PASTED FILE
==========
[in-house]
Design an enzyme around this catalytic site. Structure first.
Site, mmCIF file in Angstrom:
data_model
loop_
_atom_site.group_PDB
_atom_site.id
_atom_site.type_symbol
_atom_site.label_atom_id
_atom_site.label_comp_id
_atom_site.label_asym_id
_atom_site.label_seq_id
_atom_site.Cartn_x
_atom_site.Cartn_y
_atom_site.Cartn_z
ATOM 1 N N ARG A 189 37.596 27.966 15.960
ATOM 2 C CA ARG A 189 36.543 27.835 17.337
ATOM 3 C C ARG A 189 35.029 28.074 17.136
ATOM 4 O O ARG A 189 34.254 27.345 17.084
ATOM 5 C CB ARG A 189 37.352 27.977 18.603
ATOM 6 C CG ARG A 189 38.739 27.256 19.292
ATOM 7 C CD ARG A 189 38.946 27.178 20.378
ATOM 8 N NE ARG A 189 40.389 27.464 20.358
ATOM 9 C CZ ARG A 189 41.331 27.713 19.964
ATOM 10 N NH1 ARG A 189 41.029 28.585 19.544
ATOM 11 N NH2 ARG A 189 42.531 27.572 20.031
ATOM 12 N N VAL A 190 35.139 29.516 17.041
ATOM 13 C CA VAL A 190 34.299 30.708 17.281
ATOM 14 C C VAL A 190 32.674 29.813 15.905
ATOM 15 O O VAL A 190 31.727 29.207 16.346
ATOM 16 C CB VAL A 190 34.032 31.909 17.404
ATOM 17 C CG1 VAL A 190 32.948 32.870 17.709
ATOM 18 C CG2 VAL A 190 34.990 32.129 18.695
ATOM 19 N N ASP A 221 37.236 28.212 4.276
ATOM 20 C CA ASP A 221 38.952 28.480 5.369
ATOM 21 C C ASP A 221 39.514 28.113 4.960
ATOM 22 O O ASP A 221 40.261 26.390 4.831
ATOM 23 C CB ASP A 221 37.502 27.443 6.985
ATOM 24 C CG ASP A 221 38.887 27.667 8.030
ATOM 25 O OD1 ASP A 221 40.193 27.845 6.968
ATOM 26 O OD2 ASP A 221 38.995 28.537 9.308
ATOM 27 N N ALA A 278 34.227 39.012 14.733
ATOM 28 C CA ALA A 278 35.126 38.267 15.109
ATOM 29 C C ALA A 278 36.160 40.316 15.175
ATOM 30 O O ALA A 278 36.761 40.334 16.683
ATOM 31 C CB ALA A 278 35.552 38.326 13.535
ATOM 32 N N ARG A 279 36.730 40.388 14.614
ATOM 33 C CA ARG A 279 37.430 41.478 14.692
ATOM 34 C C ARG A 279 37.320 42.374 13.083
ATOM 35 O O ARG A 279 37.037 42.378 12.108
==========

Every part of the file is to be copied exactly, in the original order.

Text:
[in-house]
Design an enzyme around this catalytic site. Structure first.
Site, mmCIF file in Angstrom:
data_model
loop_
_atom_site.group_PDB
_atom_site.id
_atom_site.type_symbol
_atom_site.label_atom_id
_atom_site.label_comp_id
_atom_site.label_asym_id
_atom_site.label_seq_id
_atom_site.Cartn_x
_atom_site.Cartn_y
_atom_site.Cartn_z
ATOM 1 N N ARG A 189 37.596 27.966 15.960
ATOM 2 C CA ARG A 189 36.543 27.835 17.337
ATOM 3 C C ARG A 189 35.029 28.074 17.136
ATOM 4 O O ARG A 189 34.254 27.345 17.084
ATOM 5 C CB ARG A 189 37.352 27.977 18.603
ATOM 6 C CG ARG A 189 38.739 27.256 19.292
ATOM 7 C CD ARG A 189 38.946 27.178 20.378
ATOM 8 N NE ARG A 189 40.389 27.464 20.358
ATOM 9 C CZ ARG A 189 41.331 27.713 19.964
ATOM 10 N NH1 ARG A 189 41.029 28.585 19.544
ATOM 11 N NH2 ARG A 189 42.531 27.572 20.031
ATOM 12 N N VAL A 190 35.139 29.516 17.041
ATOM 13 C CA VAL A 190 34.299 30.708 17.281
ATOM 14 C C VAL A 190 32.674 29.813 15.905
ATOM 15 O O VAL A 190 31.727 29.207 16.346
ATOM 16 C CB VAL A 190 34.032 31.909 17.404
ATOM 17 C CG1 VAL A 190 32.948 32.870 17.709
ATOM 18 C CG2 VAL A 190 34.990 32.129 18.695
ATOM 19 N N ASP A 221 37.236 28.212 4.276
ATOM 20 C CA ASP A 221 38.952 28.480 5.369
ATOM 21 C C ASP A 221 39.514 28.113 4.960
ATOM 22 O O ASP A 221 40.261 26.390 4.831
ATOM 23 C CB ASP A 221 37.502 27.443 6.985
ATOM 24 C CG ASP A 221 38.887 27.667 8.030
ATOM 25 O OD1 ASP A 221 40.193 27.845 6.968
ATOM 26 O OD2 ASP A 221 38.995 28.537 9.308
ATOM 27 N N ALA A 278 34.227 39.012 14.733
ATOM 28 C CA ALA A 278 35.126 38.267 15.109
ATOM 29 C C ALA A 278 36.160 40.316 15.175
ATOM 30 O O ALA A 278 36.761 40.334 16.683
ATOM 31 C CB ALA A 278 35.552 38.326 13.535
ATOM 32 N N ARG A 279 36.730 40.388 14.614
ATOM 33 C CA ARG A 279 37.430 41.478 14.692
ATOM 34 C C ARG A 279 37.320 42.374 13.083
ATOM 35 O O ARG A 279 37.037 42.378 12.108